A report from the United Nations Security Council divulges Al-Qaeda is training its regional offshoot in preparation for expanding its terror activities in the Indian subcontinent, including Bangladesh, the Indian state of Jammu and Kashmir and Myanmar.
Al-Qaeda’s efforts to expand operations in the Indian subcontinent have been highlighted in a recent report by the United Nations. The 32nd report of the Analytical Support and Sanctions Monitoring Team revealed that Al-Qaeda is actively encouraging its regional affiliate, Al-Qaeda in the Indian Subcontinent (AQIS), to expand its operations into Bangladesh, Jammu and Kashmir, and Myanmar.
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AQIS, led by its emir Osama Mehmood, reportedly consists of approximately 200 fighters. According to one Member State’s assessment, Al-Qaida is actively strategizing to expand its operations into neighboring countries, including Bangladesh, Indian-Administered Jammu and Kashmir, and Myanmar. That Member State also noted that certain limited elements of AQIS are ready to either join or collaborate with ISIL-K.
The report reveals Afghanistan remains a significant stronghold for Al-Qaeda, housing 30 to 60 core members and 400 fighters. The country serves as an ideological and logistical hub for the group, aiding in recruitment and rebuilding external operations capability. Moreover, the Taliban and Al-Qaeda maintain a close and beneficial relationship, with some Taliban officials allegedly supporting Al-Qaeda members’ infiltration into law enforcement and public administration agencies.
“Under the patronage of high-ranking officials of the de-facto Taliban authorities, Al-Qaida members infiltrate law enforcement agencies and public administration bodies, ensuring the security of Al-Qaida cells dispersed throughout the country,” it said.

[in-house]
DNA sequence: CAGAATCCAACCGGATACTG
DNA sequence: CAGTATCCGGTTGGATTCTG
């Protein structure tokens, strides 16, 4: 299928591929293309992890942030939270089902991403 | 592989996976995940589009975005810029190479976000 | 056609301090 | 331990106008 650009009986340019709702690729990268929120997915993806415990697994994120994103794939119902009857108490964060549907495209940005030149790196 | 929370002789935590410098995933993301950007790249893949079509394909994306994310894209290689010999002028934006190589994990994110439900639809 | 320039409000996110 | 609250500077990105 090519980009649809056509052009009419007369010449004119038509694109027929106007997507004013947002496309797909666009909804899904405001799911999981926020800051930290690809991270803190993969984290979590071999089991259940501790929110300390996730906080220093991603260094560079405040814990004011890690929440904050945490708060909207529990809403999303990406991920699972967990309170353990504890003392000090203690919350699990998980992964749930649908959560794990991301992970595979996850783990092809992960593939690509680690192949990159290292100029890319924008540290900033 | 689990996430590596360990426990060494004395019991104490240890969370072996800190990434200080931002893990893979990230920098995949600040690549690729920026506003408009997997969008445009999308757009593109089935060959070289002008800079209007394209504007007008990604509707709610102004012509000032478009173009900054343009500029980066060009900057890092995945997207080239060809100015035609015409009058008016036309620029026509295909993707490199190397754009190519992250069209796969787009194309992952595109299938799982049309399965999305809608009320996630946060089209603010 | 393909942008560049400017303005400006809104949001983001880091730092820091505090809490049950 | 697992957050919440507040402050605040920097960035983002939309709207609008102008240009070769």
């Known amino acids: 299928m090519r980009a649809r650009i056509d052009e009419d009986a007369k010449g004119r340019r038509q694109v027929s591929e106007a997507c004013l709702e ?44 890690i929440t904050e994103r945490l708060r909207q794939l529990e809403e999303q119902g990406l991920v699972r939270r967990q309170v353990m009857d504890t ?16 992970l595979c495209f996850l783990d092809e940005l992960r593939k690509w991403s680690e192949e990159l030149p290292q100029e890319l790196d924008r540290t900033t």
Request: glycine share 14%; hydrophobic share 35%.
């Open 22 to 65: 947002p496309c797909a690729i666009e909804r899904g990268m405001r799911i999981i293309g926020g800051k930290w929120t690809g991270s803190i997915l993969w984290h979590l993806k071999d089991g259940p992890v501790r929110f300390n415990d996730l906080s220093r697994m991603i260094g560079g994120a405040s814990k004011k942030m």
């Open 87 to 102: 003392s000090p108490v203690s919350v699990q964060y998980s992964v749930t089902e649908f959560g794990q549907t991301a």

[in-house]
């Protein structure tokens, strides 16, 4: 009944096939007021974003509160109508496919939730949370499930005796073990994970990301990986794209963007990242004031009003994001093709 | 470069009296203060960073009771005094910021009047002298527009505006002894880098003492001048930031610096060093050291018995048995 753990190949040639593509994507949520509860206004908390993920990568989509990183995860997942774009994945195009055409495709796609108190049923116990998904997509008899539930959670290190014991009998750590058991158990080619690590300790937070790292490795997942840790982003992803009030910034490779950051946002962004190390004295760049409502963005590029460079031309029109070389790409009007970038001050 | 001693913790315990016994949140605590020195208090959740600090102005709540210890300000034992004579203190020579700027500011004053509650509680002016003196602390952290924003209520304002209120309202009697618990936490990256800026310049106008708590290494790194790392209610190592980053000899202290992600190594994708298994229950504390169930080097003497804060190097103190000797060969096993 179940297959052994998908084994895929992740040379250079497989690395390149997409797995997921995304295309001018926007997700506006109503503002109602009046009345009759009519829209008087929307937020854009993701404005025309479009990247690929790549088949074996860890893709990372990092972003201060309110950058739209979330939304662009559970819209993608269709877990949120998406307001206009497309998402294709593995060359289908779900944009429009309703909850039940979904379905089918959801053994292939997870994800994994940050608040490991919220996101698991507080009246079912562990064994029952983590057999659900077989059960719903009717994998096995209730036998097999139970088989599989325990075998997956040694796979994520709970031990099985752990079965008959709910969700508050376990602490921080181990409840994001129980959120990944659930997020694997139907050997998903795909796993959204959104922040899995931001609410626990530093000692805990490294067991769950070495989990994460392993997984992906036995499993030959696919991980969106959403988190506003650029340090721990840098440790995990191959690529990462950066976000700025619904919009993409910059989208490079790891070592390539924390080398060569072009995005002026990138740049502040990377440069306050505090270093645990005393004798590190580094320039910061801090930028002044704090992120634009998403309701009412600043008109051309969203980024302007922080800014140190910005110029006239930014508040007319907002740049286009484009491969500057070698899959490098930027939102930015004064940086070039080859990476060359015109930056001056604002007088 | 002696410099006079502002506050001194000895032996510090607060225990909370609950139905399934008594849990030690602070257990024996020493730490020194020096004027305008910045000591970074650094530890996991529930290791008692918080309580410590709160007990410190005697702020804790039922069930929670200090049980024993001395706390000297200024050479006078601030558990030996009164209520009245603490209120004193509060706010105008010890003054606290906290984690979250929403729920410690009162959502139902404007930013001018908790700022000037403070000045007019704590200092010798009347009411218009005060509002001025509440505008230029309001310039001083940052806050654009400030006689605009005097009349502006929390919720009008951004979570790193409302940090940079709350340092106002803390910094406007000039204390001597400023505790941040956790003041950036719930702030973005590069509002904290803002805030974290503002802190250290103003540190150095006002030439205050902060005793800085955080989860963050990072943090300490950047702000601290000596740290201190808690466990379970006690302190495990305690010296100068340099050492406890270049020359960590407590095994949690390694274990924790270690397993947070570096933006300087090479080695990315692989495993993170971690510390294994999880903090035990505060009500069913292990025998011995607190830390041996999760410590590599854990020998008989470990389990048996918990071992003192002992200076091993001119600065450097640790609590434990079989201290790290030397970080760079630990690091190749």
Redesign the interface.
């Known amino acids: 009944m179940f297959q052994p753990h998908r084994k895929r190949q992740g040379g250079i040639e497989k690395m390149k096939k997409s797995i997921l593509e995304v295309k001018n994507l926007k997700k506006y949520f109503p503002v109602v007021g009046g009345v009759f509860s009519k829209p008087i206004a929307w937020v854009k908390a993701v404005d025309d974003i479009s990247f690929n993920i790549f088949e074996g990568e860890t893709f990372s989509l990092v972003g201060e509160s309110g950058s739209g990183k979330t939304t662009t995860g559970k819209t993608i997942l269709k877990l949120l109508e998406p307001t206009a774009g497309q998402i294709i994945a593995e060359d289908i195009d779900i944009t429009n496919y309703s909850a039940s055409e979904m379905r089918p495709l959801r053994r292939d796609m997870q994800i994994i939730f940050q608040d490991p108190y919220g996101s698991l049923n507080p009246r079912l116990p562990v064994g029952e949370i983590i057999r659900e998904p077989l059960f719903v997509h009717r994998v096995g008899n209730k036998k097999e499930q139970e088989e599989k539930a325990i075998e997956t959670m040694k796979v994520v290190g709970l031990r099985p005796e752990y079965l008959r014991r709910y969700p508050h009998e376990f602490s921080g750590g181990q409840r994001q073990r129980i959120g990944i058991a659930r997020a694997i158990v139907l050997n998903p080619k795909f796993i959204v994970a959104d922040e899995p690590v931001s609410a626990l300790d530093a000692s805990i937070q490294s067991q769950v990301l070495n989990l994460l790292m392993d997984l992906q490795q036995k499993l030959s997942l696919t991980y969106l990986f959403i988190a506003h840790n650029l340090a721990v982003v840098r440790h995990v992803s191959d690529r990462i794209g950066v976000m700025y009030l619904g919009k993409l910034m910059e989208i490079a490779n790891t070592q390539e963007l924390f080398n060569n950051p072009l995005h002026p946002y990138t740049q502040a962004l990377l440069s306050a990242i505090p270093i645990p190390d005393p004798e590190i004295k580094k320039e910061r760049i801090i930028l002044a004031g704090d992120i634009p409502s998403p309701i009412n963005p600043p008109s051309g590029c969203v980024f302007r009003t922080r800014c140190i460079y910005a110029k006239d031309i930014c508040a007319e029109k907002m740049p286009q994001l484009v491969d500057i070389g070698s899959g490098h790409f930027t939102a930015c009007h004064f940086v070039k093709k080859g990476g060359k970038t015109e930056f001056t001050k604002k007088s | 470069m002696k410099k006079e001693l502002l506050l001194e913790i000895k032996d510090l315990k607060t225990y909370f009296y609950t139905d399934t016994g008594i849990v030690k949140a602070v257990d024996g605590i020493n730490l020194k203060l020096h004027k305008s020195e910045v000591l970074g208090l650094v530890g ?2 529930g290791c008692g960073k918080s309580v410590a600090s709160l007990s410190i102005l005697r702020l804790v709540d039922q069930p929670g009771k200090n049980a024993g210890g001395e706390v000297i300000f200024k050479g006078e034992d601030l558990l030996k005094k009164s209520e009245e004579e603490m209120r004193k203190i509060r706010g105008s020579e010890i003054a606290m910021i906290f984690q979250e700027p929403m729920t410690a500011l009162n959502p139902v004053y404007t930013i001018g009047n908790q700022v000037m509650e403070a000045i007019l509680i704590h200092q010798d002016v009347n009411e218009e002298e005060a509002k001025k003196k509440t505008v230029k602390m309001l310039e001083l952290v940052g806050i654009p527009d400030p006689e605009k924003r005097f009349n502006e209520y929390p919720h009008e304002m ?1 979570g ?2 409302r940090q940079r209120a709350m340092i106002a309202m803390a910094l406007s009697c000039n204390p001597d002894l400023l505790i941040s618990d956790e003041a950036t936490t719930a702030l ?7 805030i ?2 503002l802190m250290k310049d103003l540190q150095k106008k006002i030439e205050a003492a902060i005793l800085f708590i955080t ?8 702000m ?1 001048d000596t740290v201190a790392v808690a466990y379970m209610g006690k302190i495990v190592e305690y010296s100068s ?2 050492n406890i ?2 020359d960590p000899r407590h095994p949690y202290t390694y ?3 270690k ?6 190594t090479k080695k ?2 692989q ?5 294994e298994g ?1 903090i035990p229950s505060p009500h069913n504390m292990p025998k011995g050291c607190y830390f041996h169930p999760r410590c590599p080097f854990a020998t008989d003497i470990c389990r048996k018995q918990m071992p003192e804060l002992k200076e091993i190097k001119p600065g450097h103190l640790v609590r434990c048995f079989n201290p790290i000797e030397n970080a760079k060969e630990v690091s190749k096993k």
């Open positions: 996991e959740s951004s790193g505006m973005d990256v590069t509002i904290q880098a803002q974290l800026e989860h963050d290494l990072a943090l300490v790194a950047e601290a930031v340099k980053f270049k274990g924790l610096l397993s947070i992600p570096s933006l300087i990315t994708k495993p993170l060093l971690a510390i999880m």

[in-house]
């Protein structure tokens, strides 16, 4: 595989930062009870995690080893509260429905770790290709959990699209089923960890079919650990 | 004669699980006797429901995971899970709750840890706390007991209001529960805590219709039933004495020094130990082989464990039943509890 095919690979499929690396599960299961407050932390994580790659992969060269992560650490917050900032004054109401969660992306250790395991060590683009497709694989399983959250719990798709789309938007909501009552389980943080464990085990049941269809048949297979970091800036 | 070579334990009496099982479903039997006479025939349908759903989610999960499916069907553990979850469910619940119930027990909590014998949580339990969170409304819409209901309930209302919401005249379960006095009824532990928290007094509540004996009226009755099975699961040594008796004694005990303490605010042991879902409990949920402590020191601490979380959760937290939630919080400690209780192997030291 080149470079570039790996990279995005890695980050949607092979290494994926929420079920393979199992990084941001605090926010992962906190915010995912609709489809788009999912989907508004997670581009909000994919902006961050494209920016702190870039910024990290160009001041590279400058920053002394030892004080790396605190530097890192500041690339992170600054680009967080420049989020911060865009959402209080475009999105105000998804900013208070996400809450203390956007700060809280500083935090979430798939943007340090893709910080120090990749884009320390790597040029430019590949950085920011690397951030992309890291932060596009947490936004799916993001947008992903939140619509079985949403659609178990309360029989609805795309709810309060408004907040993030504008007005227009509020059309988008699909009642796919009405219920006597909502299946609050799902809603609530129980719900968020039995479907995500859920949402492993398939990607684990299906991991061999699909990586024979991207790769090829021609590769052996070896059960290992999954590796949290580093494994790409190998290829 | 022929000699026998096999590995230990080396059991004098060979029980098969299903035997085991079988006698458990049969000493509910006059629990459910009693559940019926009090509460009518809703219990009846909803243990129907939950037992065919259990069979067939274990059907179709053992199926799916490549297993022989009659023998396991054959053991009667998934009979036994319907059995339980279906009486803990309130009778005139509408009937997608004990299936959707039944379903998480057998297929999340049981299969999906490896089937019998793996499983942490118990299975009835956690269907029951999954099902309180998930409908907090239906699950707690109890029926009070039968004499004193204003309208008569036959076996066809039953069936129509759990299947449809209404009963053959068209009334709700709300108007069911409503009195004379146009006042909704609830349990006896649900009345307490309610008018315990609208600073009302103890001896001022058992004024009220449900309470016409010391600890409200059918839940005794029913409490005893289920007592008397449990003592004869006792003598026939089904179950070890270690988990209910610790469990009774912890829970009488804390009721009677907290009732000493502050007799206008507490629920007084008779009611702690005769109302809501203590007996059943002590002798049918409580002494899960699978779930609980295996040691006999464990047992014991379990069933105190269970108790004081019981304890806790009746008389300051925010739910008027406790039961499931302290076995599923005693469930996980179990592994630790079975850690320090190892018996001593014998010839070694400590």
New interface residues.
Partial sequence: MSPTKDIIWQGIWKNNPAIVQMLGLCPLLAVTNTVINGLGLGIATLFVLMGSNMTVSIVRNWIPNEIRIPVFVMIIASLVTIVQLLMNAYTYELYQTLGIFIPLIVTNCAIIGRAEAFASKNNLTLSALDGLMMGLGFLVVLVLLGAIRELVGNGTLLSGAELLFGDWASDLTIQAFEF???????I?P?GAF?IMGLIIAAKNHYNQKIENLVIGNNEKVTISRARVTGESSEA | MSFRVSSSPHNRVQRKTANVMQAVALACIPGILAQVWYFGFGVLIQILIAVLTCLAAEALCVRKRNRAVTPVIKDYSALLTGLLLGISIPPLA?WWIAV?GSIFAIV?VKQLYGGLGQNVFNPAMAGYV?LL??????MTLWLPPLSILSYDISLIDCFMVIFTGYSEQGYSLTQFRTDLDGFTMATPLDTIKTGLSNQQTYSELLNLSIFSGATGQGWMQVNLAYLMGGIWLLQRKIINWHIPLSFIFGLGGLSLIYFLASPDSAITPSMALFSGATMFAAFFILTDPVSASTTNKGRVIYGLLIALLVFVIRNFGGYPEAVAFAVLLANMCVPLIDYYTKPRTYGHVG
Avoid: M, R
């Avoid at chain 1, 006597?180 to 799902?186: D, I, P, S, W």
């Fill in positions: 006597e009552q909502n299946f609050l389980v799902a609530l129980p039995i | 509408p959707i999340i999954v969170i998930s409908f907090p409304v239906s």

Al-Qaeda’s future and potential regional threats
There are concerns that Tehreek-e-Taliban Pakistan (TTP) could become a regional threat if it maintains a secure base in Afghanistan. One member state even suggested a merger between AQIS and TTP. The Taliban Tehreek-e-Taliban Pakistan (TTP) reportedly receives guidance from al-Qaeda in the Islamic Maghreb (AQIS) for conducting more attacks within Pakistan. Furthermore, ETIM/TIP reportedly used training facilities in Kunar Province, Afghanistan, for TTP fighters.
The UN report highlights the challenges posed by the regional terrorist landscape. Alongside Al-Qaeda, it identifies the Islamic State of Iraq and the Levant-Khorasan (ISIL-K) as a significant concern. ISIL-K, including family affiliates, is estimated to have between 4,000 and 6,000 members and has launched sophisticated attacks against both the Taliban and international targets. The operational capabilities and recruitment efforts of the group.
India, Jammu and Kashmir, Bangladesh, and Myanmar are on high alert in response to the increasing influence and activities of Al-Qaeda in the region. The potential for these extremist groups to unite under the TTP’s umbrella could make the Taliban difficult to control. Al-Qaeda’s capacity to conduct large-scale terror attacks remains diminished, but the organization’s intent remains unchanged.
What’s with Bangladesh?